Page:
Thieves Steal Headstone From Dalton Gang's Grave


Friday, October 1st 2010, 5:44 pm
By: News On 6


By Craig Day, The News On 6

COFFEYVILLE, KANSAS -- Stealing a headstone is bad enough. It's even worse when it's part of old outlaw history.

But that's what happened just across the state line in Coffeyville, Kansas, where residents put an end to the Dalton gangs robbing ways nearly 120 years ago.

At the Dalton Defenders Museum in Coffeyville, they're welcoming a lot of visitors in town for the Dalton Defenders Days celebration.

"All that is just dedicated to the defenders themselves, not to the bandits. We try not to celebrate banditry," John Alvey, Dalton Museum Co-Curator, said.

The event commemorates the day in 1892 that townspeople got into a gun battle with the notorious train and bank robbers known as the Dalton gang.

"It was Coffeyville's first and one of the most famous occurrences," Alvey said.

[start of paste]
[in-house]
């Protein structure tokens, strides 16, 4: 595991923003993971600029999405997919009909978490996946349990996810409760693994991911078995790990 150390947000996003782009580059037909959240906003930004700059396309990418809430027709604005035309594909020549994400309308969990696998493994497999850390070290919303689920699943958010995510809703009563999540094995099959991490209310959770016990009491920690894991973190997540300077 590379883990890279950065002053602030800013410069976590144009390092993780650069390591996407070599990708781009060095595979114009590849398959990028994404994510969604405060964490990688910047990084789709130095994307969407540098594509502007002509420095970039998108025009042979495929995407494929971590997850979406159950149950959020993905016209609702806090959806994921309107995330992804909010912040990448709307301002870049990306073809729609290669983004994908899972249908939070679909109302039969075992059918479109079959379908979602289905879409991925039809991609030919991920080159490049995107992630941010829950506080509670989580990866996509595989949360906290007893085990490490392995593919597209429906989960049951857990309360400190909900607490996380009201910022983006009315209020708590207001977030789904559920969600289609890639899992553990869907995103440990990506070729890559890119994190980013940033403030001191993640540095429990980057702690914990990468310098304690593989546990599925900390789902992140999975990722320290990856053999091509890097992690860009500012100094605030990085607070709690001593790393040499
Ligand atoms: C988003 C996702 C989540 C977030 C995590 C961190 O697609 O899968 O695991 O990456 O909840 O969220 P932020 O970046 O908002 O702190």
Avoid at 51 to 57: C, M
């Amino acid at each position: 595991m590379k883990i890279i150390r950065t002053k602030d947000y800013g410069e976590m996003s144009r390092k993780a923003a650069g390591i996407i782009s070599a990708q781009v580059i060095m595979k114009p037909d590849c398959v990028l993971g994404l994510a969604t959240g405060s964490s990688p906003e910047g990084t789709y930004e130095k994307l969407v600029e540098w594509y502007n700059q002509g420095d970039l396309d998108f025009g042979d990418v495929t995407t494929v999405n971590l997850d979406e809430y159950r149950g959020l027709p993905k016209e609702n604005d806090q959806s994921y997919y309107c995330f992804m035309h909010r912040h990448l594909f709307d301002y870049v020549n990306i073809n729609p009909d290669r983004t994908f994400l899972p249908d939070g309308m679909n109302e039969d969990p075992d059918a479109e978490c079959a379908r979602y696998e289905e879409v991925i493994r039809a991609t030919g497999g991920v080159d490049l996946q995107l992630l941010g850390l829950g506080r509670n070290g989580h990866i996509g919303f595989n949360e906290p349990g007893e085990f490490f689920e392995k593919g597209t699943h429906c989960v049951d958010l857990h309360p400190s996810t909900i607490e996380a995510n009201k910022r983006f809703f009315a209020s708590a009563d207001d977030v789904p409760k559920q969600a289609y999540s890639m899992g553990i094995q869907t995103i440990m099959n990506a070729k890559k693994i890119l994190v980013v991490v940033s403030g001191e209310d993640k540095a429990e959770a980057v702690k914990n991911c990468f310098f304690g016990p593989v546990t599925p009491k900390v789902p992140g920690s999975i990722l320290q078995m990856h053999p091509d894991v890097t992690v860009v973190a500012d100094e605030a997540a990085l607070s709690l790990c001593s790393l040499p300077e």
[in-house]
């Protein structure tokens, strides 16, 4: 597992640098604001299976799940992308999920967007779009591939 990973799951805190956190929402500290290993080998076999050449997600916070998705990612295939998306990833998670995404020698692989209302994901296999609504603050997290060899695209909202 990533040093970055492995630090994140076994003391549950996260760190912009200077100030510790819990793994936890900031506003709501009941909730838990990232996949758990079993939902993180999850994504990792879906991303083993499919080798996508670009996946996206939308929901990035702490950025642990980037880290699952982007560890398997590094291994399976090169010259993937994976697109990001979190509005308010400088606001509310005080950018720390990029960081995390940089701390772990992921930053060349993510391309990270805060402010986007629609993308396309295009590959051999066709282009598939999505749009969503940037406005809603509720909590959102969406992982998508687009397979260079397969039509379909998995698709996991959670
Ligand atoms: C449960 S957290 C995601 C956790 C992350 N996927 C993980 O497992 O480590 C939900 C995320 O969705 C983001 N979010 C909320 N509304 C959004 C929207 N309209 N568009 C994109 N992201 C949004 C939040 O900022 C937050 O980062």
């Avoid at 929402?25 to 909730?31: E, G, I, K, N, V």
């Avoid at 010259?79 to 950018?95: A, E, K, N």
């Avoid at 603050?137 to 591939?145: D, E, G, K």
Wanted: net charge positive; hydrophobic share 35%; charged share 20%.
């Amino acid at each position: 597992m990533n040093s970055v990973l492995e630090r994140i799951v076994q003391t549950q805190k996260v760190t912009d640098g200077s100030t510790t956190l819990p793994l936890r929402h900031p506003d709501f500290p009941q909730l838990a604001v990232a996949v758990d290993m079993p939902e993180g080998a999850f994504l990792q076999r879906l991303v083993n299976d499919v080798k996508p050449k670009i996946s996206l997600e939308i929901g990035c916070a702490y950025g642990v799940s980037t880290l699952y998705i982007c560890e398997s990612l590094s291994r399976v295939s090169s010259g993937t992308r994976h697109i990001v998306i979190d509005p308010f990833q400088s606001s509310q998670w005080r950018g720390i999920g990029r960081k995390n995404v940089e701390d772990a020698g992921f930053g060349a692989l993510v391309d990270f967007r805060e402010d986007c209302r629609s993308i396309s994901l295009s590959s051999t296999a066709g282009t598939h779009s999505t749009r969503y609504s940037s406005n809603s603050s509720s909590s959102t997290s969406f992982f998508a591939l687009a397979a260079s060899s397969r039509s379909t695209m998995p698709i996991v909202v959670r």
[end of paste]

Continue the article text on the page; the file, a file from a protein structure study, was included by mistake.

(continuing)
Four gang members were killed. But as the town prepares to mark the event this year, there's something missing, thanks to thieves.

"My first reaction was that they were lower than the Dalton boys ever thought of being," said Wendy Alvey, Dalton Museum Co-Curator.

Someone took the headstone from the grave of three of the slain Dalton gang members from Elmwood Cemetery.

"Well, it would have weighed around four hundred pounds," John Alvey said. "It would have taken some hefty people to carry it off."

John Alvey and his wife Wendy are co-curators at the Dalton Defenders Museum in Coffeyville.

Wendy is appalled by the theft.

"Why would you desecrate somebody's final resting place. That's immoral. It's not just criminal, it's immoral," she said.

For now, the only things left at the outlaws' grave site are the monuments base, the iron hitching rail the outlaws used during the double bank robbery and the questions of who would take the marker and why.

"It certainly isn't something you can hock," Wendy Alvey said.

The Alvey's and others who love the town's history want the monument returned soon. If it is, they'll try to figure out how to make it more secure, to ensure part of the towns past is left intact.

If the grave marker isn't returned, a local monument company has offered to make a duplicate for free.